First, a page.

Montana Ag: Noxious plant species harming Yellowstone RiverSource: KPAX
Click here to read the article: http://www.kpax.com/story/36747867/montana-ag-noxious-plant-species-harming-yellowstone-river
By Russell Nemetz
SHEPHERD – Noxious weeds have a destructive impact on Montana’s landscape by displacing native plant species, increasing soil erosion, and decreasing wildlife habitat and recreational opportunities.
The Yellowstone County Weed District is working on a project along the banks of the Yellowstone River near Shepherd where the race is on to stop a noxious species that most people think is a native tree.
“Saltcedar has a pretty flower, it’s an escaped ornamental, however, with its aggressive seed producing and its long tap root, this thing can dominate a landscape,” Yellowstone County Weed District Crew Forman/Education Specialist Lyle Scott said.
“If we can clear it out upstream, get rid of its seed bank, get rid of the trees and work our way downstream then we can have a shot at eradicating this plant from the Yellowstone River,” Scott added.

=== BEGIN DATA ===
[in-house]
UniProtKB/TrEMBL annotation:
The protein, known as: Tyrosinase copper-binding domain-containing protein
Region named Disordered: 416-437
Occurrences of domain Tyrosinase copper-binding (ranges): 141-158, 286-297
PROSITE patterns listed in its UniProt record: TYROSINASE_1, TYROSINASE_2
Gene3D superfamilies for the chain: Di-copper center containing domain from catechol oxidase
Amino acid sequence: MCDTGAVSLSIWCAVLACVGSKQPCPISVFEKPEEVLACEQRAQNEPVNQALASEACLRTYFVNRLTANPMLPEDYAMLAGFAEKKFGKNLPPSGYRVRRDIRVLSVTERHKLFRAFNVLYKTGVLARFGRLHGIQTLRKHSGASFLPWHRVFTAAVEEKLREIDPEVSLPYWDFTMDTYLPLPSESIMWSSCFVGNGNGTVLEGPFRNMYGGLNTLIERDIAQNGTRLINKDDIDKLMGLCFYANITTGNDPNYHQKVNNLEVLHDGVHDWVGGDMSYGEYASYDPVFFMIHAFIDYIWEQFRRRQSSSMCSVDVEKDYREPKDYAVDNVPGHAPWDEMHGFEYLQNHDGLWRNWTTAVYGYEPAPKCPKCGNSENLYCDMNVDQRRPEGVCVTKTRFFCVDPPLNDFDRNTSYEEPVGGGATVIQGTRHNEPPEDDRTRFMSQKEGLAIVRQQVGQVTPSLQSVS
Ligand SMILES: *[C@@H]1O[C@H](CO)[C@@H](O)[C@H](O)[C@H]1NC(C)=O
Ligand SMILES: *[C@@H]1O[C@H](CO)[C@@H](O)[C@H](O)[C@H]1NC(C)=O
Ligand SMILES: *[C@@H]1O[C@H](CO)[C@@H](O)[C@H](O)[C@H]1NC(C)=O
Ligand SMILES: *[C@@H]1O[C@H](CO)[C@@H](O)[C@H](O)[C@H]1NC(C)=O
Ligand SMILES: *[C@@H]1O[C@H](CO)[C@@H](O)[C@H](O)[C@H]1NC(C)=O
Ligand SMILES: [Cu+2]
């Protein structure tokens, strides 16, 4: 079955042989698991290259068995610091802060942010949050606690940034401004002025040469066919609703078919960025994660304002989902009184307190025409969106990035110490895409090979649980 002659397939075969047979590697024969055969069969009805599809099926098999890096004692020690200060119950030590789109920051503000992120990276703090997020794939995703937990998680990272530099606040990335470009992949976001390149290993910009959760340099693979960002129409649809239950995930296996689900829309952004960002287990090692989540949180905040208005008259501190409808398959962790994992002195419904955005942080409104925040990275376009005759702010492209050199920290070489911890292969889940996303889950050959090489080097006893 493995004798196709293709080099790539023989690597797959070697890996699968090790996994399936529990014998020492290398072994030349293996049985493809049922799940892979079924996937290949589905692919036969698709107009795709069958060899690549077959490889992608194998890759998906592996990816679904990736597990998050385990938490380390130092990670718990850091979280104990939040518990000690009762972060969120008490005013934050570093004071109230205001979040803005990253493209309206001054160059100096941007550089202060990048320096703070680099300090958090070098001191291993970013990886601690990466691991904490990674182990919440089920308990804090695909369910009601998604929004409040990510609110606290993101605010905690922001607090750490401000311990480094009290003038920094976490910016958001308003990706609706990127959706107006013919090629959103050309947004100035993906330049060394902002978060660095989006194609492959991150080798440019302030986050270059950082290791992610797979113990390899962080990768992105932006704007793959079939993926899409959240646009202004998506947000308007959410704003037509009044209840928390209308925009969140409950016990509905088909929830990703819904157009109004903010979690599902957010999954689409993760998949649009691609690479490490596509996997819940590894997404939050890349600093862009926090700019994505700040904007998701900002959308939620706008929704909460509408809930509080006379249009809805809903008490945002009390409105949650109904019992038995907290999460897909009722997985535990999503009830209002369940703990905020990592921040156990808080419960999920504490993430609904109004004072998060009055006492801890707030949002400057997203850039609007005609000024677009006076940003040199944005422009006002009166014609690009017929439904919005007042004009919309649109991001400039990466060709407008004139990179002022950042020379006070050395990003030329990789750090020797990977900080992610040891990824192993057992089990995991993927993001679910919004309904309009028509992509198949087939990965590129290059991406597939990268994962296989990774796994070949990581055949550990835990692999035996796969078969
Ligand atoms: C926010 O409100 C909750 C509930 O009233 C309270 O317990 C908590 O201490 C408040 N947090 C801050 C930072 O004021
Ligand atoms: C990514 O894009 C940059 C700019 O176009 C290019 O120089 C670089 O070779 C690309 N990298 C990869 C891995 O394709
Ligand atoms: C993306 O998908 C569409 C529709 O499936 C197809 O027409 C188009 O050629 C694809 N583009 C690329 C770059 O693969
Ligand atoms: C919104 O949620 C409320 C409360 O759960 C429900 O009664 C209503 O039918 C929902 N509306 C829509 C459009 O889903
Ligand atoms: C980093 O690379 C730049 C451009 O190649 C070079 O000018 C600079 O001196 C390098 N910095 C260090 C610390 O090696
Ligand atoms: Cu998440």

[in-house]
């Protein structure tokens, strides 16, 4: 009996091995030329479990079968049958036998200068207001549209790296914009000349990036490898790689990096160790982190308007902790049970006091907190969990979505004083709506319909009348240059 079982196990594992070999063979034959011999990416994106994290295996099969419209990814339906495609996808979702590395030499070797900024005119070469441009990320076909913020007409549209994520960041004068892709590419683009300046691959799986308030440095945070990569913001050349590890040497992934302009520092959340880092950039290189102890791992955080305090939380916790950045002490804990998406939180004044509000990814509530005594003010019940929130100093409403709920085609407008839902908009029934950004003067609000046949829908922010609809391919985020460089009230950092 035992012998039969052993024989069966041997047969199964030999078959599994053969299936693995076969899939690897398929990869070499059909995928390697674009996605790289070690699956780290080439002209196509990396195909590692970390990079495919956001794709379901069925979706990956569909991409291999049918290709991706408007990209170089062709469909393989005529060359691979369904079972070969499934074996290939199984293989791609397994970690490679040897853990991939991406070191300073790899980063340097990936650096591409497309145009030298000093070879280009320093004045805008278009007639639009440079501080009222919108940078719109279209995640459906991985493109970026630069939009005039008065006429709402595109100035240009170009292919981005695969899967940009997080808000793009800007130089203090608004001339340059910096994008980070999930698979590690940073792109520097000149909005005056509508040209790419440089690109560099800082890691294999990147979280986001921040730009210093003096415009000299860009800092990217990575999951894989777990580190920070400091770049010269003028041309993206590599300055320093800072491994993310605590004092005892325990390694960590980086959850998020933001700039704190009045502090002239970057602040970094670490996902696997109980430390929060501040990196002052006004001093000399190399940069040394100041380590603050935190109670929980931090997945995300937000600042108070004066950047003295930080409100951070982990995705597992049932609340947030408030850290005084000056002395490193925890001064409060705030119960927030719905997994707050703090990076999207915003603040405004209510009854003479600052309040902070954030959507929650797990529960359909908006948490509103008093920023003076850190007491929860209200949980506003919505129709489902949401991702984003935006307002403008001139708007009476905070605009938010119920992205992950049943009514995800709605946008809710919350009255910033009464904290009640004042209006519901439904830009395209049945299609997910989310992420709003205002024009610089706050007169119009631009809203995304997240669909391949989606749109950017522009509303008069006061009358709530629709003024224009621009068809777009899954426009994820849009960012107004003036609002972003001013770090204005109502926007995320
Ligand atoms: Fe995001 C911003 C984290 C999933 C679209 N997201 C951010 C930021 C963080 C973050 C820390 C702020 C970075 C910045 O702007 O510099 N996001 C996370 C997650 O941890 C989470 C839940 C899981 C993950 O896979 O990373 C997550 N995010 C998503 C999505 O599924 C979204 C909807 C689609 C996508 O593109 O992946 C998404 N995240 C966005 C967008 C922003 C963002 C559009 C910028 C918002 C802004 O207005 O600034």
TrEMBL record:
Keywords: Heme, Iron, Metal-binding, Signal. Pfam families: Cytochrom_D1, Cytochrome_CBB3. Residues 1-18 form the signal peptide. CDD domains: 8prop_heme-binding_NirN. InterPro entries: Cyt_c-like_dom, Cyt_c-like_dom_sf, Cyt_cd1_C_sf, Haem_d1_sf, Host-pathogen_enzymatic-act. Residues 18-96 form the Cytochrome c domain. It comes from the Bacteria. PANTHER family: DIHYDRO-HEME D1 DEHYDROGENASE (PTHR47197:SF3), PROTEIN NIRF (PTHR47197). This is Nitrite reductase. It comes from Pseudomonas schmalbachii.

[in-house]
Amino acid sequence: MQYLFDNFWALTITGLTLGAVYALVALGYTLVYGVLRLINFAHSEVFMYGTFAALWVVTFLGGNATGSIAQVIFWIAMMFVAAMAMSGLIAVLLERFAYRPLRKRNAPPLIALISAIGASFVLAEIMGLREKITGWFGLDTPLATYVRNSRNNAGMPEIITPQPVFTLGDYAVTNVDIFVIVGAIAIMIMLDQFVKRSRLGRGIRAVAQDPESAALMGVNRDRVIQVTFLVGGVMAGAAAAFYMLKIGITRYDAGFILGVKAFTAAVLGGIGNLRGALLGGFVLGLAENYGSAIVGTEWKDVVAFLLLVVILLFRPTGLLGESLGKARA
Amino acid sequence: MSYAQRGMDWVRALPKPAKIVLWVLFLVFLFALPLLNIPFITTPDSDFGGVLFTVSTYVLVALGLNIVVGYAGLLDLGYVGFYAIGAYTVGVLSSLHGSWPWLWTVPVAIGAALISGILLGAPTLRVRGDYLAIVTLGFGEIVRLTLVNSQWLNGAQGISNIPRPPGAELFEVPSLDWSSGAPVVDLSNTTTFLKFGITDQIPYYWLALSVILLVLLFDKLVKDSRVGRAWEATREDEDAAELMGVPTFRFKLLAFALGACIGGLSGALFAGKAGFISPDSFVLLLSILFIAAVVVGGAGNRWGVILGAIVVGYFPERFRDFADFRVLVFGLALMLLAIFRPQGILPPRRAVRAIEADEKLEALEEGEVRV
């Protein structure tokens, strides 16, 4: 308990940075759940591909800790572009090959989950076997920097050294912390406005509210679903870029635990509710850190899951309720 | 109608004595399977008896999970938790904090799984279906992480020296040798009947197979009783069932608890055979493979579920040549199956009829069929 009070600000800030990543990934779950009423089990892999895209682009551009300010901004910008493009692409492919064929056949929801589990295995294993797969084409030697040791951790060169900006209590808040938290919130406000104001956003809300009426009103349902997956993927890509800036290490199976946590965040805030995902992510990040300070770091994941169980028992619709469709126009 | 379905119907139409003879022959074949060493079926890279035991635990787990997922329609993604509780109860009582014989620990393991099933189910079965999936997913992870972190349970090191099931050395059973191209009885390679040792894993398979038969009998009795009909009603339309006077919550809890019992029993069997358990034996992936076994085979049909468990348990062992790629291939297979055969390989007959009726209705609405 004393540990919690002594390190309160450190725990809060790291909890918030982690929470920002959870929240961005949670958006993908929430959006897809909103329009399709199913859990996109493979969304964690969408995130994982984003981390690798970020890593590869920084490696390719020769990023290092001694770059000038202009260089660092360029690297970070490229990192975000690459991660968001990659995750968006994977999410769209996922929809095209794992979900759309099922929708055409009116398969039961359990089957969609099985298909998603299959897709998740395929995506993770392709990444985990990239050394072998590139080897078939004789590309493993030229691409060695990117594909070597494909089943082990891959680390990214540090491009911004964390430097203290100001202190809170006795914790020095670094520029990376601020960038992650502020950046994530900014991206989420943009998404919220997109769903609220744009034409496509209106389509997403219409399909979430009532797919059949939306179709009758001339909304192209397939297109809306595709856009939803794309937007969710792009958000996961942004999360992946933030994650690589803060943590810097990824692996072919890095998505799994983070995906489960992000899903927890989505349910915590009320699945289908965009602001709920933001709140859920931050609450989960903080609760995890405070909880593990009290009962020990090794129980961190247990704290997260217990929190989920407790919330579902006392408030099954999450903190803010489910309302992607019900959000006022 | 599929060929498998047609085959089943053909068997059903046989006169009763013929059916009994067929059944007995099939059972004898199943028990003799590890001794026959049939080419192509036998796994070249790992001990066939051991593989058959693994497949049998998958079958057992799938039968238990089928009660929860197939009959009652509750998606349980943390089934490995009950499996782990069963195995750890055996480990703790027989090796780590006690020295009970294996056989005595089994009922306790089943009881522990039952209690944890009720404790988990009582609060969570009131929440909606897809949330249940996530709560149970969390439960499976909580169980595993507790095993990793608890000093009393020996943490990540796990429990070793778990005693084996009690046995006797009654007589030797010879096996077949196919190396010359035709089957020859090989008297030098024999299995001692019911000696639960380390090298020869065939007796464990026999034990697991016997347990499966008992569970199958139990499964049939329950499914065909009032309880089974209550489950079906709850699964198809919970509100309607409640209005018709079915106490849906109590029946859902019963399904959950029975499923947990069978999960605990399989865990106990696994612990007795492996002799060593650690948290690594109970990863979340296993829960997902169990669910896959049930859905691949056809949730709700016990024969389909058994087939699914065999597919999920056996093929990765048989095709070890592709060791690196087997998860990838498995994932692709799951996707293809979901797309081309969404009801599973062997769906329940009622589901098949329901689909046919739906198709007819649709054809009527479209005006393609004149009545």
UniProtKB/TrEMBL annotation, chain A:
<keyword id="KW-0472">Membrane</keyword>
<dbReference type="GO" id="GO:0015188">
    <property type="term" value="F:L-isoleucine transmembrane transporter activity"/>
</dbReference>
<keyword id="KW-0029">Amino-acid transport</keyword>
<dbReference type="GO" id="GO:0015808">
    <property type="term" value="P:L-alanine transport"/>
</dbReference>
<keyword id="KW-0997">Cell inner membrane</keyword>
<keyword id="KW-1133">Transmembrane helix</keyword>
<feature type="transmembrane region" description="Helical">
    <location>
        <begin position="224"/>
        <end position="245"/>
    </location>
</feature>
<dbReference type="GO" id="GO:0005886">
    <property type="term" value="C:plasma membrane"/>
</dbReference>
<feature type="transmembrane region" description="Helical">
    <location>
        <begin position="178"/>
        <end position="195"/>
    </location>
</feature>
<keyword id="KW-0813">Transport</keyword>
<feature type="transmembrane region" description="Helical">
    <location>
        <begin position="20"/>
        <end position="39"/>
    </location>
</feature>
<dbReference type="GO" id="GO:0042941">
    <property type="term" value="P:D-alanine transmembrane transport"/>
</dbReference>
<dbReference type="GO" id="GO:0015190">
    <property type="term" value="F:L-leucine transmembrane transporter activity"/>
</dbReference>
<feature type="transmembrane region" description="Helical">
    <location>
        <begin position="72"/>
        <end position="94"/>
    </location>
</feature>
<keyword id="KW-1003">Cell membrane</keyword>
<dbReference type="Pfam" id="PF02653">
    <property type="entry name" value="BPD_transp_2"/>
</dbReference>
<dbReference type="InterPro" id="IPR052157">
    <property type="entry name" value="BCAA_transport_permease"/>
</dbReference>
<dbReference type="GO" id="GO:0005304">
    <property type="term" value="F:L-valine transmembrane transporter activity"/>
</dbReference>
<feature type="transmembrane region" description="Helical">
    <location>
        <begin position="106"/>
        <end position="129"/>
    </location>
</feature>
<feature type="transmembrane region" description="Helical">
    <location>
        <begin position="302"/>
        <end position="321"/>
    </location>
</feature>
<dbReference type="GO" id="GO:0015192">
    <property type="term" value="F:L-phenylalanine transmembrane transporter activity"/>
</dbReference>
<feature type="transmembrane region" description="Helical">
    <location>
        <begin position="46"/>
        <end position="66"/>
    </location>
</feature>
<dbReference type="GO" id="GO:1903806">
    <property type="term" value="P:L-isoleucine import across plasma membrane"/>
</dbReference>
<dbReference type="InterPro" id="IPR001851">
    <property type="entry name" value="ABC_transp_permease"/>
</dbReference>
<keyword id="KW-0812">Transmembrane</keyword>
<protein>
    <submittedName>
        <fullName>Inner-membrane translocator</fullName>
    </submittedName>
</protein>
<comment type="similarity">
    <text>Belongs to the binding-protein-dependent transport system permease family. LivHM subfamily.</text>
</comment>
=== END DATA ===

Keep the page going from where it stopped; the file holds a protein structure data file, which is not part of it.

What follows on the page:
It is nicknamed the thirsty tree and for good reason.
“One acre of saltcedar can use 7.7-acre feet of water, which is equivalent to 2.8 million gallons of water,” Yellowstone County Weed District Superintendent Joe Lockwood said. “It’s going to eventually affect river and stream access for future generations.”
Management is an expensive though. That’s why a grant from the Montana Noxious Weed Trust Fund was so important.
“We normally grant in that million and a quarter to a million and a half dollars per year and a lot of that is cost share the cooperative projects that are a 50/50 cost share,” Jim Gordon, a Montana Noxious Weed Trust Fund Board member, said.
Treating and monitoring can also be a daunting task, but GPS technology is not only making things easier, but more efficient.
“It’s made our work a lot easier being able to catalog it, being able to tag it with GPS,” Mason Industry’s Ward Mason said. “And also with our picture taking now with our phones it’s a lot easier to incorporate the GPS tagging, so when you take that picture, all that information is with it.”
The trick is to get to these noxious weeds like saltcedar as early as possible to stop them before they impact millions of acres more of productive ground in Montana.
Montanans have a responsibility to stop the spread of noxious weeds in the state. To see a list and even pictures of noxious weeds in Montana, visit the Montana Department of Agriculture’s website.